The final shot of Summer Scars is priceless though.  A handy little twist to keep the audience thinking.  The writer has a good handle on the dialogue although at times you can tell it’s been written by an older person. The script doesn’t contain all that much slang. For poor valley kids, they have a fair grasp of The Queen’s English. If the cast had been allowed to improvise a small bit giving a spin to the dialogue it would have been the cherry on an already good cake.  The film plays like an inverted Eden Lake with fewer chills. But in keeping the events more down to earth gives this film the advantage.  All incident in the film could really happen and pan out this way.  It’s the kind of story that would make local news but not national news.  Some may compare this to Stand By Me, but this has more teeth although the way the kids come together to fight against a common foe rings bells.  Summer Scars is also very lensed and the score is minimal but effective.  It’s a victory because the largely unknown cast do a sterling job. Many of the cast (according to IMDB) have not acted before or since and that’s a real shame considering how ‘well-connected’ talent vacuum’s like Daniel Radcliffe and Rupert Grint continue to get top jobs.  Kevin Howarth seems to be on an small upswing with a leading role in the new Wesley Snipes flick Gallowwalker and the Brit-Horror The Seasoning House.  His plum role in this film should have led to some good jobs, so maybe it’s a bad agent or bad luck that’s held him back.

6.5 out of 10 – Thoughtful and enjoyable little thriller. Reminiscent of Eden Lake. It’s elevated by very good acting from it’s small and talented young cast. Recommended if you like your horror mild, non-gory but extra edgy. DON’T WATCH THE TRAILER – IT GIVES THE WHOLE PLOT AWAY….

 Review Below by Joe “Ewok Worrier” Pesci II (yes, worrier NOT warrior)



5.5 out of 10

Release Date: 14th May 2013 (DVD Premiere)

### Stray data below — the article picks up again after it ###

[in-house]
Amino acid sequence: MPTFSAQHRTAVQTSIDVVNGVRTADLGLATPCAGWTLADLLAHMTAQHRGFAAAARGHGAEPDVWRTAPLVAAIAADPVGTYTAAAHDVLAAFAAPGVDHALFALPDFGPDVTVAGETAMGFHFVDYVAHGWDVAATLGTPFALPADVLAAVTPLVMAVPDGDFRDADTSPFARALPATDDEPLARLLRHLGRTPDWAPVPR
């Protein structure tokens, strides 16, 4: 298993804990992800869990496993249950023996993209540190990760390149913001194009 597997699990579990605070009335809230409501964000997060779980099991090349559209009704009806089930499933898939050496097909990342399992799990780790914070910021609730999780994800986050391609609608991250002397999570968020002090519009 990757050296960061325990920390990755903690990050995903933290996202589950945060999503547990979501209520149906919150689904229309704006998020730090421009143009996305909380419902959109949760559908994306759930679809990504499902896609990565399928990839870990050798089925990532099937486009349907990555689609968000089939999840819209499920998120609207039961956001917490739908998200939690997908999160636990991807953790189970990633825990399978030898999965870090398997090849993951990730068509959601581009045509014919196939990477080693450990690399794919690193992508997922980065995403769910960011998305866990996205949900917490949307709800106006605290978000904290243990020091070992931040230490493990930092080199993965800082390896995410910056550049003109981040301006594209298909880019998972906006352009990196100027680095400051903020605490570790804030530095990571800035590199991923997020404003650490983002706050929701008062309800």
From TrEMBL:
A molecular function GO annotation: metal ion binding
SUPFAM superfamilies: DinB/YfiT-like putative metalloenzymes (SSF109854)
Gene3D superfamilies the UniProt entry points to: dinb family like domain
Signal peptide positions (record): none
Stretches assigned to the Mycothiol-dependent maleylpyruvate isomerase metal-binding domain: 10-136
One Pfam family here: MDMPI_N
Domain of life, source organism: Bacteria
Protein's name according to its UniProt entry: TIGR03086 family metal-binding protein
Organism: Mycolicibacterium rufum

Director: Ian Clark

Cast: Alex Reid, Aneurin Barnard, Steve Evets, Nia Roberts, Amit Shah, Skye Lourie, Oliver Coleman, Chris Larkin, Emily Butterfield and Jack Doolan

Writer:  Ian Clark


To be proofread: The Facility is a slightly above average Brit-chiller. It’s primarily elevated by its well thought out script. The good acting bolsts it further and whilst the characterisation is a bit cliched in this situation it’s probably forgivable because in real life people do adopt stereotypes / archtypes like the one on show here.  The Facility tells the story of seven medical guinea pigs who roll up the said facility for a trial. Some are in it for the first time and others are seasoned pros.  They are made up of: mad northerner, tough but sexy girl, sexy male student, disposable blonde girl, cynical business lady, nerdy Asian guy and bullish, sexist estate agent type guy.  At first the medical trial goes to plan and the test subjects are sent to bed, only one of them (not hard to guess) starts to have extremely adverse reactions to the drug.  Mad subject goes on a rampage and they see a nurse flee for her life across the car park below…. then a second subject beings to act weirdly.

So The Facility begins as a countdown. We see each of the group take it in turn to get injected so the order of their response to the drug is easy to predict. But there’s also the question of a placebo?  Who’s gotten off lightly and who will have to fight their way out? Also how long will the effects last, will it lock the sufferers into a permanent state, is the transformation part of the test?

Only a few of these questions get answered and for the most part its an intriguing and gripping little horror film. The set-up is well measured and the execution of the later action/horror sequences are effective. So all in all its an involving horror film – so why does it get the slender 5.5 out of 10?  Inspite of a bleak ending the filmmakers choose to ditch the film mid-air with a cue card telling you what happened next. This works in some stories but no there. The Facility is constantly boiling to a head but the makers have refused to let it explode.  In an action film, this kind of ending is inexcusable. Somehow they pulled a similar thing off in “F” but there was no “This happened next….” cue card. “F” was left open to leave the viewer to their own devices. In The Facility – the conclusion has been hastily scribbled down into paragraph and put on screen to piss the viewer off.   A real climax would have been an apt pay off – and if The Facility was a poorer movie I would have welcomed the reprieve, as it is we’re left in disappointment by a good,solid horror entertainer that just drives you into the wilderness, scares the shit out of you and then leaves you a note saying “by the way – that was the end!” before tip-toeing back to the car to leave you alone.

5.5 out of 10 – A great horror – let down by a howler of a decision to finish the movie off with a cue card. Good acting and nice script elevate this above the norm. At least I’ve warned you now. Maybe you’ll enjoy it more because you know what to expect come boiling point.




Release Date: 9th March 2012

Director: Michael Winterbottom (The Trip To Italy (TV) / The Face of An Angel / The Look Of Love Everyday /The Trip (TV) / The Killer Inside Me / Genova / A Mighty Heart / The Road To Guantanamo / A Cock And Bull Story / 9 Songs / Code 46 / In This World / The Claim (2000) / Wonderland (1999) / I Want You / Welcome To Sarajevo / Jude / Butterfly Kiss)